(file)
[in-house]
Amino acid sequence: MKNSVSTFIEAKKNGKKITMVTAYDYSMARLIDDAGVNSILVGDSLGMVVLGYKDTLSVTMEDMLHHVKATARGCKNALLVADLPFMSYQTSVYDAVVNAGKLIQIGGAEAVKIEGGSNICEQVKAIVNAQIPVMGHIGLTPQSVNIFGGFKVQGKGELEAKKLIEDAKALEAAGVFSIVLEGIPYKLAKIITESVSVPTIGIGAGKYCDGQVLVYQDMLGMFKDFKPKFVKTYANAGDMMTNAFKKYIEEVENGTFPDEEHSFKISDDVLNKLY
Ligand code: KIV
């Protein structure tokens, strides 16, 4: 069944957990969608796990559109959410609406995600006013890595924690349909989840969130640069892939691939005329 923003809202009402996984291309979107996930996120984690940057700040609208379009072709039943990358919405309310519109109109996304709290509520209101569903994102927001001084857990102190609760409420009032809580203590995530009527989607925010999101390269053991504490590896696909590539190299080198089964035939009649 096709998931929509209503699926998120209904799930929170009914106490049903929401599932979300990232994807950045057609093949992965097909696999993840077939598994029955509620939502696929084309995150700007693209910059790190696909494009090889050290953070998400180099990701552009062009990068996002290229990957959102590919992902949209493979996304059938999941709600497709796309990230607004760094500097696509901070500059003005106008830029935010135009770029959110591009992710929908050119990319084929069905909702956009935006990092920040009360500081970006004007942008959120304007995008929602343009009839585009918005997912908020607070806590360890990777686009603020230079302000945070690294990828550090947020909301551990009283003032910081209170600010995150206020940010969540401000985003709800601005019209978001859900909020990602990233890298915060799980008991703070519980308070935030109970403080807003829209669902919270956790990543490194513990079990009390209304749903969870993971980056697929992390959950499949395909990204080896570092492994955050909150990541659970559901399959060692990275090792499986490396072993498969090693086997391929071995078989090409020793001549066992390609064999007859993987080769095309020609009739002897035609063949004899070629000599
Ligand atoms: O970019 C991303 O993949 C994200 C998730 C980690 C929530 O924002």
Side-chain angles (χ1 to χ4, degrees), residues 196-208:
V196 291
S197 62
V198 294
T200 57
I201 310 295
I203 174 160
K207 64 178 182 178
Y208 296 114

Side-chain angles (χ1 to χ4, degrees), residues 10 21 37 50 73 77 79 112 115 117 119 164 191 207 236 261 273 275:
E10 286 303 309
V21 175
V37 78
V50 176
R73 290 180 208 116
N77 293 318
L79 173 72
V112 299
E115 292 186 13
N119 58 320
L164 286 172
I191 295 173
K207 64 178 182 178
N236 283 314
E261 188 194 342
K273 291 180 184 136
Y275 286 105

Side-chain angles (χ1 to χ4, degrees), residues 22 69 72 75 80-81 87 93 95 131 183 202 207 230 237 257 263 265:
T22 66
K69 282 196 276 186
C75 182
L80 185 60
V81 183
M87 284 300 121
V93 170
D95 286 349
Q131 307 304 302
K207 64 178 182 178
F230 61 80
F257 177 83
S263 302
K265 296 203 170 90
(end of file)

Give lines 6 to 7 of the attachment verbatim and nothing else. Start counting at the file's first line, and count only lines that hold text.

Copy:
Side-chain angles (χ1 to χ4, degrees), residues 196-208:
V196 291